1750- Cotton cloths were being produced using the raw cotton imported from overseas. Cotton exports would help make Britain a commercial success.
1761- The Bridgewater Canal opens, the first of its kind in Britain. It was named after Francis Egerton, 3rd Duke of Bridgewater who commissioned it in order to transport the coal from his mines in Worsley.
1764- The invention of the Spinning Jenny by James Hargreaves in Lancashire. The idea consisted of a metal frame with eight wooden spindles. The invention allowed the workers to produce cloth much quicker thus increasing productivity and paving the way for further mechanisation.
1764- Scottish inventor James Watt is commissioned to carry out repairs to a Thomas Newcomen steam engine and quickly recognises ways that it can be modified to operate much more efficiently. By changing the way the cylinder was heated and cooled the amount of coal used in heating the water to produce the steam could be reduced by more than 60%.
1769- James Watt was granted his first British patent (No. 913) for the unique design of his new steam engine. To quantify the enormous power of his new engines, James Watt also invented a new unit of measurement: The Horsepower. James Watt’s steam engines would literally set the world in motion… through the introduction of steam powered railway locomotives and steam ships… transportation would be completely revolutionised. His steam engines would also go on to power the new mills that were starting to appear in the Industrial North.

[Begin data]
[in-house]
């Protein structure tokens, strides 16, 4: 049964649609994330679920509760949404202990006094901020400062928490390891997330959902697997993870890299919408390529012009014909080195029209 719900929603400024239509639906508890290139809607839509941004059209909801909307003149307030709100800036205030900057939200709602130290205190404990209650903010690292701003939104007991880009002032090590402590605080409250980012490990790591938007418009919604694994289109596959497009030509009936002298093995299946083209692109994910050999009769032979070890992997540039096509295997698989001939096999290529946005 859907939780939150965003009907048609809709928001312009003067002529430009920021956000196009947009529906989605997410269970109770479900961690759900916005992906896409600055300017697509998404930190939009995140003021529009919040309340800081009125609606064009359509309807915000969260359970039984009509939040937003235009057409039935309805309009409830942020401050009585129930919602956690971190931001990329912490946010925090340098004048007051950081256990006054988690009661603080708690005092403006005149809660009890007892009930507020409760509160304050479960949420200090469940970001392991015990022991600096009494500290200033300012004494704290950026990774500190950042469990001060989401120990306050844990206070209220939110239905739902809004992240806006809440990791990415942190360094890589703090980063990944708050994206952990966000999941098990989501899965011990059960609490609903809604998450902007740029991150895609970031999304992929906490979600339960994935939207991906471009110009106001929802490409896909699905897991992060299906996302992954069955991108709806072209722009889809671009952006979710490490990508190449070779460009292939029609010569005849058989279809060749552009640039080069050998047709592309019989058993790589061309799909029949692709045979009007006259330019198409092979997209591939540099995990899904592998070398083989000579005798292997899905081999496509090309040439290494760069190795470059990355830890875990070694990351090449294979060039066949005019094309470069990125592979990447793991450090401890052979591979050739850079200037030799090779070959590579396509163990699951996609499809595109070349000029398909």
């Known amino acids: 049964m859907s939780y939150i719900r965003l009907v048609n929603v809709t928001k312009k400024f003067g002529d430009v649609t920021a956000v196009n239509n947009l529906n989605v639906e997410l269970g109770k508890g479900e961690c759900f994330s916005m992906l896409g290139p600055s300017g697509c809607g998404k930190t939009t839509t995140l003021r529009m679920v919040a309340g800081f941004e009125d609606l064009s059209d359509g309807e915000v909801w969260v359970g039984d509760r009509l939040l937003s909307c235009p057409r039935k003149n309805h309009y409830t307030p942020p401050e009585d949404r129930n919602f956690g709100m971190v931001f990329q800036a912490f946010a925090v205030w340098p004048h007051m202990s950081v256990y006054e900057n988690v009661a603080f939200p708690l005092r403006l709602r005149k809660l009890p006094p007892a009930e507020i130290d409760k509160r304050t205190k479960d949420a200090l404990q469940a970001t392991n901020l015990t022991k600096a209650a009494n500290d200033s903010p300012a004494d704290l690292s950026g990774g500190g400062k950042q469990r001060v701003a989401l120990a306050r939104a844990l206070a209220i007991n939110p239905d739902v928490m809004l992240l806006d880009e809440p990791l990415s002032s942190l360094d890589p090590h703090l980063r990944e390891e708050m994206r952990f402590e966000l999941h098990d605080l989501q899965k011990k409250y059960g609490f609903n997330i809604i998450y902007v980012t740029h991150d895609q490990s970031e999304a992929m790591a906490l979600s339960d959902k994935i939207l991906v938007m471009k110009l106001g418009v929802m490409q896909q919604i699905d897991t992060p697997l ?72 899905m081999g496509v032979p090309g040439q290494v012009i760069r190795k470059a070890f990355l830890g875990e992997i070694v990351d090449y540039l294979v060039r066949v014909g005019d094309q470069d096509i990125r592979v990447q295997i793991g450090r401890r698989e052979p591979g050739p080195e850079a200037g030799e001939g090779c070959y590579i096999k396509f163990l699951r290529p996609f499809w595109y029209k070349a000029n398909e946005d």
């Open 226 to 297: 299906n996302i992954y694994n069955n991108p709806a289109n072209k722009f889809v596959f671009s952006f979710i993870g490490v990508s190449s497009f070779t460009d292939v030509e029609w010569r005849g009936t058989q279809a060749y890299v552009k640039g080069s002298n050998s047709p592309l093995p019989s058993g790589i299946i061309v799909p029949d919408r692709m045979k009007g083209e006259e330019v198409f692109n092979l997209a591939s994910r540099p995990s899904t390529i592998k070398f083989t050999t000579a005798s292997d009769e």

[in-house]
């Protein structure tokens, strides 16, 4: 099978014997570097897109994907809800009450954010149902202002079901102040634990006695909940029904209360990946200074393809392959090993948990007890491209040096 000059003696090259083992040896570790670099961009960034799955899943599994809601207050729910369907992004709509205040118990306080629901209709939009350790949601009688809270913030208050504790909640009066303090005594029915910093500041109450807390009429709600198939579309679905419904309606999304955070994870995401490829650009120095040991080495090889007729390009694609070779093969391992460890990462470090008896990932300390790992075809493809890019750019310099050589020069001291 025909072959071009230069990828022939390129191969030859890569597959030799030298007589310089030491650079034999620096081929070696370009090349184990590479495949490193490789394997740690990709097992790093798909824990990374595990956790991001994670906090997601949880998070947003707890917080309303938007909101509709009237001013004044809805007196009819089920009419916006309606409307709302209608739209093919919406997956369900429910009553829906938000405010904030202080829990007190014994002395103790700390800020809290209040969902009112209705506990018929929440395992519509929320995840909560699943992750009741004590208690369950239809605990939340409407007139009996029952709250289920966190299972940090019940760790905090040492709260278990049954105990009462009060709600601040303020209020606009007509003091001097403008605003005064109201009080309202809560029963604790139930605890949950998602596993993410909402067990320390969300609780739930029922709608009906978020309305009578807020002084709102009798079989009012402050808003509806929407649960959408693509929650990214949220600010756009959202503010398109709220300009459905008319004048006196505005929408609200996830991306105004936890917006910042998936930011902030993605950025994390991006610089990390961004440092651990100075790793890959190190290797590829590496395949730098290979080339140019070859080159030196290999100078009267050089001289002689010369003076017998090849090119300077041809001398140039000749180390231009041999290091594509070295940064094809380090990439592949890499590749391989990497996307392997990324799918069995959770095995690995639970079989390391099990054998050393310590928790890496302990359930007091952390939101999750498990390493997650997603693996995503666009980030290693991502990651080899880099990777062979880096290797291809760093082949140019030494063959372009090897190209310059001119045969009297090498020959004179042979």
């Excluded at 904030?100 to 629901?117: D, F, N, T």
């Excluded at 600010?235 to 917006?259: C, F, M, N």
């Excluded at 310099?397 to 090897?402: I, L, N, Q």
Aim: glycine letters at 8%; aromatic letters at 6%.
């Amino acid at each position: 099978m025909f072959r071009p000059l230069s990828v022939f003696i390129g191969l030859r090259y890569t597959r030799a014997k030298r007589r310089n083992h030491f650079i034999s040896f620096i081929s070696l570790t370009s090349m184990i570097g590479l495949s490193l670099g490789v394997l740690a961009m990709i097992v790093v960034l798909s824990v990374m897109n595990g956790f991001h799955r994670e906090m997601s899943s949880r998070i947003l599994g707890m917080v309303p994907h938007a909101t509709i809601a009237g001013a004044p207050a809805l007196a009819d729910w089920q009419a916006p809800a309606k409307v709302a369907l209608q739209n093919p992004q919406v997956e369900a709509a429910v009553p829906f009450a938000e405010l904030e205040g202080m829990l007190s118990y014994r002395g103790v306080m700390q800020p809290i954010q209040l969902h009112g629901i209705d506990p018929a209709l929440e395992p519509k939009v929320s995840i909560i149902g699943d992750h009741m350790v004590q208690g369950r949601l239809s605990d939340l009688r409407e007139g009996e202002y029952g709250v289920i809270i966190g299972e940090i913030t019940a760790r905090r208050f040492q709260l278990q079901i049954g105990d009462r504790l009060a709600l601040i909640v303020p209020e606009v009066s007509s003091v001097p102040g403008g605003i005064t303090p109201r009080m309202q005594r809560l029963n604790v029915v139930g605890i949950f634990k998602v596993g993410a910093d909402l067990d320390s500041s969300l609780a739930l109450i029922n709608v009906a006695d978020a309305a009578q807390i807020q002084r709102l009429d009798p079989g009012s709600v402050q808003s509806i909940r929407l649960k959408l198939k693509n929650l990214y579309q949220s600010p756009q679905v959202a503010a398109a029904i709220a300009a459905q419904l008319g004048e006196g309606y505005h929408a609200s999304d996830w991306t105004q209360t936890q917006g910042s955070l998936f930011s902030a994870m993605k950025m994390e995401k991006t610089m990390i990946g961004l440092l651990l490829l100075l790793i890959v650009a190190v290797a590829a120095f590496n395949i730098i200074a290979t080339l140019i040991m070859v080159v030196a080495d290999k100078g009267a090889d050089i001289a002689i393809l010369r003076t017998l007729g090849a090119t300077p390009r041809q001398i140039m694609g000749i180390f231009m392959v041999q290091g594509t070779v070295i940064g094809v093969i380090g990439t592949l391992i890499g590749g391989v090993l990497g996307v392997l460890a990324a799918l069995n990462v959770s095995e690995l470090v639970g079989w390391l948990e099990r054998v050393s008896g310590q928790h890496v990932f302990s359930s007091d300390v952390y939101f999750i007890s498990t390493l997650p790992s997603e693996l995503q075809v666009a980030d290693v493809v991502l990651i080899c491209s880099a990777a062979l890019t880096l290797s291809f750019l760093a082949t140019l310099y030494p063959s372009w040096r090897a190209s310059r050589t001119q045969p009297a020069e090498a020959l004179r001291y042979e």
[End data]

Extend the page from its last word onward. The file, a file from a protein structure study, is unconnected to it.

1769- The yarn produced by the new Spinning Jenny was not particularly strong but this soon changed when Richard Arkwright invented the water frame which could attach the spinning machine to a water wheel.
1774- The English inventor Samuel Crompton invented the Spinning Mule which would combine the processes of spinning and weaving into one machine, thus revolutionising the industry.
1779- The inventor Richard Arkwright became an entrepreneur and opened a cotton spinning mill using his invention of the water frame.
1784- The ironmaster, Henry Cort came up with the idea for a puddling furnace in order to make iron. This involved making bar iron with a reverberating furnace stirred with rods. His invention proved successful for iron refining techniques.